I told him how hard it was to get my head around what it was like at that time, to be around that much concentrated greatness, that much artistic energy. "That's where I met Alfa-Betty Olsen," he said, "who wrote 'The Producers with me and who helped me cast it. Alfa-Betty was from Norway."
"The writing process on your films is something I'm curious about," I told him. "Today, there's this entire school of comedy that is built around the idea of improvisation as a tool, and that's great. I love that school of comedy. But you guys were meticulous in terms of how you wrote your scripts before you got to set."
"We were following in the footsteps of Shakespeare and O'Neill and Samuel Beckett. We knew we were responsible for full and complete scripts and we had to be as intelligent and approach things as deeply and bravely as we could. We knew that. We couldn't just get away with silly bullshit. We had to write well-structured, well-characterized pieces that could stand the test of time."
"That's apparent in your approach to parody," I said. "Especially now that it's become such an industry of people doing what I consider these fairly cheap sort of jukebox parody things. The details in your film…"
"That's good," he said. "I like that. I'm gonna steal that. 'Jukebox parody.' I like that."
"You can have that."
"You've already earned your passage on this trip," he said, and I laughed, pleased to have given him a shorthand description for the Friedberg/Seltzer crap that seems omnipresent now.
"Thank you, sir. I love the detail work in your parodies," I said.
"'Jukebox parody,' he said again, trying it out.
"In 'Young Frankenstein,' for example, the attention to production design and cinematography and costuming is exact in its reproduction to the point where side-by-side, you can't tell the difference. My kids saw, within the same week, 'Bride Of Frankenstein' and then your film, and the impact of that…"
"That's really… that's a real pat on the back, because I intended to make movies that were as brilliantly cinematic as James Whale, who made 'Bride Of Frankenstein' and 'Frankenstein,' and… he was a cinema genius, you know? I've got this guy, Gerry Hirschfeld, and Gerry was a black-and-white guy, and he was a genius at black-and-white. I got him on 'Young Frankenstein,' and he back-lit the shit out of everything. Madeline Kahn like glowed from being backlit. And on 'Blazing Saddles,' I had this meeting with Joe Biroc, and he said, 'The only reason I'm doing this… I'm retired. I don't need to do this. I don't need the money. I'm fine. I live in Palmdale. I'm doing okay. Got my own house. I've got a pool.' He said, 'Mel, I saw 'The Producers' and I love the way it was shot. I loved the movie, and if you want me to shoot 'Blazing Saddles,' I'll shoot it for you.'"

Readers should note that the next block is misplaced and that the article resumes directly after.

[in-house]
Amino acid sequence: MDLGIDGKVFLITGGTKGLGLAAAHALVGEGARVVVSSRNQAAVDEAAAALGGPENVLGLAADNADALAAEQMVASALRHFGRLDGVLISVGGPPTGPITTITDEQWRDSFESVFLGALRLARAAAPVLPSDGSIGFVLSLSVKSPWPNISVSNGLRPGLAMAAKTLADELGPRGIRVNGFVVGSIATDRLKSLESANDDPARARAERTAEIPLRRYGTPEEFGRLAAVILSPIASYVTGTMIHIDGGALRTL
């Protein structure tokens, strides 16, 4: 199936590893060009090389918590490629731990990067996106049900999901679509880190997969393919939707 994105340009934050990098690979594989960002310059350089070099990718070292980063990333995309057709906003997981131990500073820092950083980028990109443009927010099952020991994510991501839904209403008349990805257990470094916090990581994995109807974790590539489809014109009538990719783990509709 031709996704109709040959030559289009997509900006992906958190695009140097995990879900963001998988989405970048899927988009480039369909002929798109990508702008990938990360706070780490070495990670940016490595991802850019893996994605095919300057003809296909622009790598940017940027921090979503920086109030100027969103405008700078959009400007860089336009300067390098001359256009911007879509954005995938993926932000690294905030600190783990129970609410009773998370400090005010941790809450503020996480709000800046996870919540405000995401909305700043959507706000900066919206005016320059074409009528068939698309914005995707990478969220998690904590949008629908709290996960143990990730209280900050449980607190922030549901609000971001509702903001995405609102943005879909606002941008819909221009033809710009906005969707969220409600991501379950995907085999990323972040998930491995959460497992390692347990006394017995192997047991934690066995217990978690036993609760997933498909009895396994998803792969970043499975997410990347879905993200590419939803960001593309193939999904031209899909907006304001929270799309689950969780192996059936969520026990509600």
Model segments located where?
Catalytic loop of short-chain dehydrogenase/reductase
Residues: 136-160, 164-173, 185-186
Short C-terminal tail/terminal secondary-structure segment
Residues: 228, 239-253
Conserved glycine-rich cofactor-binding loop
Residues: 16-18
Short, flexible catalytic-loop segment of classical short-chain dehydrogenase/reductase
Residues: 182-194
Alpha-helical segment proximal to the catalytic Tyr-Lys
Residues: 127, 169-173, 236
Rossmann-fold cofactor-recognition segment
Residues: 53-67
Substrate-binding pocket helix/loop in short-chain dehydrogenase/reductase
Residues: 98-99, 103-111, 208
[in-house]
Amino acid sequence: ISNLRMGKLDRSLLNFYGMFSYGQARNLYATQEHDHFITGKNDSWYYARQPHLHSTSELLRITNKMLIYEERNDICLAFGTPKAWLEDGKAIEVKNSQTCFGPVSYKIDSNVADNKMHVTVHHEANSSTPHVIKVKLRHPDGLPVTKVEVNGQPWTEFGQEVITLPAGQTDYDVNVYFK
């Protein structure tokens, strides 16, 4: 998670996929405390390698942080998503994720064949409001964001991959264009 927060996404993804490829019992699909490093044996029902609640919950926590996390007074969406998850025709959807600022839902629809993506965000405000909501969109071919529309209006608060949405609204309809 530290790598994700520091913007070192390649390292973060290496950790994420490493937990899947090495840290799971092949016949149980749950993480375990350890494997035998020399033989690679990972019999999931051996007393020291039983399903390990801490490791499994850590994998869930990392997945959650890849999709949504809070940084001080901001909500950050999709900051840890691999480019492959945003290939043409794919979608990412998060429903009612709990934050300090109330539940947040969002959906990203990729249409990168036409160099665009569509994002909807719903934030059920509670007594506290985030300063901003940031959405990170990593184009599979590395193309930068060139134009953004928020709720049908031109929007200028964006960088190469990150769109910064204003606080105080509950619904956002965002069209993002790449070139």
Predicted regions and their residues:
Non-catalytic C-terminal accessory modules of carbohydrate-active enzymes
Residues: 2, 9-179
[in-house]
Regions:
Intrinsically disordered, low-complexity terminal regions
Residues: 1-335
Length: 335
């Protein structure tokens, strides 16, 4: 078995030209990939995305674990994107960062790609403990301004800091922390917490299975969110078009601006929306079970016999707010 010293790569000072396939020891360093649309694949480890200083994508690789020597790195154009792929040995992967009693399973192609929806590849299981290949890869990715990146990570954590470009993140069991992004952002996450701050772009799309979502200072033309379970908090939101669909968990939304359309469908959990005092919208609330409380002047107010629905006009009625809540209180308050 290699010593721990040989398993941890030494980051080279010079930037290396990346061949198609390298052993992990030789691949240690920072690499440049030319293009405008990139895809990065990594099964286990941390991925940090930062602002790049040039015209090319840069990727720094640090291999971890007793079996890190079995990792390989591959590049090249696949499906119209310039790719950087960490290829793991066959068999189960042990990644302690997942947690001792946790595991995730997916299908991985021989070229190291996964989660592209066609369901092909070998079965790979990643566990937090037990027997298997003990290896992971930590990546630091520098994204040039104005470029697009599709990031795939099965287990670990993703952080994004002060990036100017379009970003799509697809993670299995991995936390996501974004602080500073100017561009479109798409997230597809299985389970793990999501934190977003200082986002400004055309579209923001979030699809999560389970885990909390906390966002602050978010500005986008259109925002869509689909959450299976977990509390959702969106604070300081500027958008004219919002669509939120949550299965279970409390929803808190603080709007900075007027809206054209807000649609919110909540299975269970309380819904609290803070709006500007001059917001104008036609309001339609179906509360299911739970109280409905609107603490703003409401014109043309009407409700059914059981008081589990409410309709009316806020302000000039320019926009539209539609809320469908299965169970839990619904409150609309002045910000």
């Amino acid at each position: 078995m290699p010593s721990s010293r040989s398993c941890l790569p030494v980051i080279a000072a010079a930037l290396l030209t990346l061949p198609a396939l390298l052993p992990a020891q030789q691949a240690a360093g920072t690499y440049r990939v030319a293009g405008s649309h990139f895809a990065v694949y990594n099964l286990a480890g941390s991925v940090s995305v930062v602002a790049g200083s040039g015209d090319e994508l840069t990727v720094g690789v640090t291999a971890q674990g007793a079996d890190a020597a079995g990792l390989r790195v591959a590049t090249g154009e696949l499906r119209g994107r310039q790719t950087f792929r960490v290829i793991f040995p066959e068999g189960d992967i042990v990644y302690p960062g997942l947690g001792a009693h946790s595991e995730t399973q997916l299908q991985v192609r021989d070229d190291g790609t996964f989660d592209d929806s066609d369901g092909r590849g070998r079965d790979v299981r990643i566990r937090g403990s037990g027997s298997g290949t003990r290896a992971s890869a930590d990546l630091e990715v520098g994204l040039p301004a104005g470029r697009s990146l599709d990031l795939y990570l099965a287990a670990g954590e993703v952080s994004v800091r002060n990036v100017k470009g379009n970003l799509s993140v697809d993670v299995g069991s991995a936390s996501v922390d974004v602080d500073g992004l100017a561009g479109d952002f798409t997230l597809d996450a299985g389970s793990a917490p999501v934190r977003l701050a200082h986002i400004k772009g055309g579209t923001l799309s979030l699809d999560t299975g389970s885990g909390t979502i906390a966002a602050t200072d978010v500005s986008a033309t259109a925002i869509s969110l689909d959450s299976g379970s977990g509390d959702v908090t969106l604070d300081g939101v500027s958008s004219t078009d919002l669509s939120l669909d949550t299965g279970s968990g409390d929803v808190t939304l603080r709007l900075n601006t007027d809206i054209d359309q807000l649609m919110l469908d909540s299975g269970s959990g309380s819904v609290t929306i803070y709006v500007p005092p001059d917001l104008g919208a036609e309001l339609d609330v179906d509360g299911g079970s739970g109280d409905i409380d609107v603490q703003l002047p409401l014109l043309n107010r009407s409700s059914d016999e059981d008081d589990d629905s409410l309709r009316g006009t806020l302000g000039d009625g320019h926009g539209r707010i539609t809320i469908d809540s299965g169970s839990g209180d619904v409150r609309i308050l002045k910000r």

As he continued, I thought about what he was saying and marveled at what a great piece of advice it was. "You make one mistake,' he said. 'I noticed in your other movies, you shoot with one camera. Get two cameras. Get one for closer shots and one for either the masters or the head-to-toe shots, like Fred Astaire. It will cut like butter. You'll have less time cutting the movie. Don't do what other directors do and do the master then move in for the close-ups and doing another take. Do it all in the same take, and you'll be surprised how alive it is.' I always listened to these cinematic geniuses, you know, and Biroc shot it for me. He shot everything with two cameras and it was… I'm gonna tell you a secret. The only thing that he said, that he fought me on, was I said, 'It has to be completely black. It has to be dark. I just want to hear their voices.' And he said, 'No, why don't we see a little light on their knuckles or their foreheads, you know?' I said, 'No, no, I just want it to be completely dark.'"
He laughed. "Actually, we cut most of that scene out. Let me tell you the original version. Are you ready?"
"Okay, Drew. Are you sitting?"
"I am sitting. I am perched."
"So," he said, "Madeline Kahn… the enormously talented and immortal Madeline Kahn says to Cleavon, you know, first she says, 'Relax,' you know? 'Loosen your bullets.' And then after a while, she turns out the light. She says, 'Oh, it's so bright in here.' And it's pretty dark to begin with. 'Oh, it's so bright in here.' She's doing the full Marlene Dietrich, and she's blowing out all the lights. So they're sitting in the dark, and she says, 'Tell me, is it true what they say about your people? Is true about how you're built? Is it true? Is it true?" He did a perfect version of her uber-German accent as he did her lines. "So she sighs and she sobs and she says, 'Oh, it's true! It's true!' And he says, 'I hate to disillusion you, ma'am, but you're sucking on my arm.' And at the time, even I said, 'Okay, that's too far.' Today, I would put it in. I wouldn't think twice. Back then, even I said, 'Oops, one mile too far.'"
"You had such amazing casts in these films. They were such amazing comic performers. You mentioned Madeline Kahn, of course…"
"Everybody was so damn good," he agreed. "Gene Wilder was so damn good. Slim Pickens was so damn good. Madeline was so damn superior to everything, you know? Harvey Korman? Never better. He was just…" He started laughing as he thought about Harvey's choices. "There's that shot where he did this thing… I didn't tell him to do it. He brought out that little tin full of lozenges. He throws them in his mouth and he looks right at the audience. And he says directly to the audience, 'If we could only find someone that would destroy the sanctity of this town, that would chase them out, so they'd leave.' He's looking at the camera, and he says, 'Wait, why am I telling you this?' He's insane. And then he has the thought to actually bring in the black sheriff and scare the shit out of all these rednecks, you know?"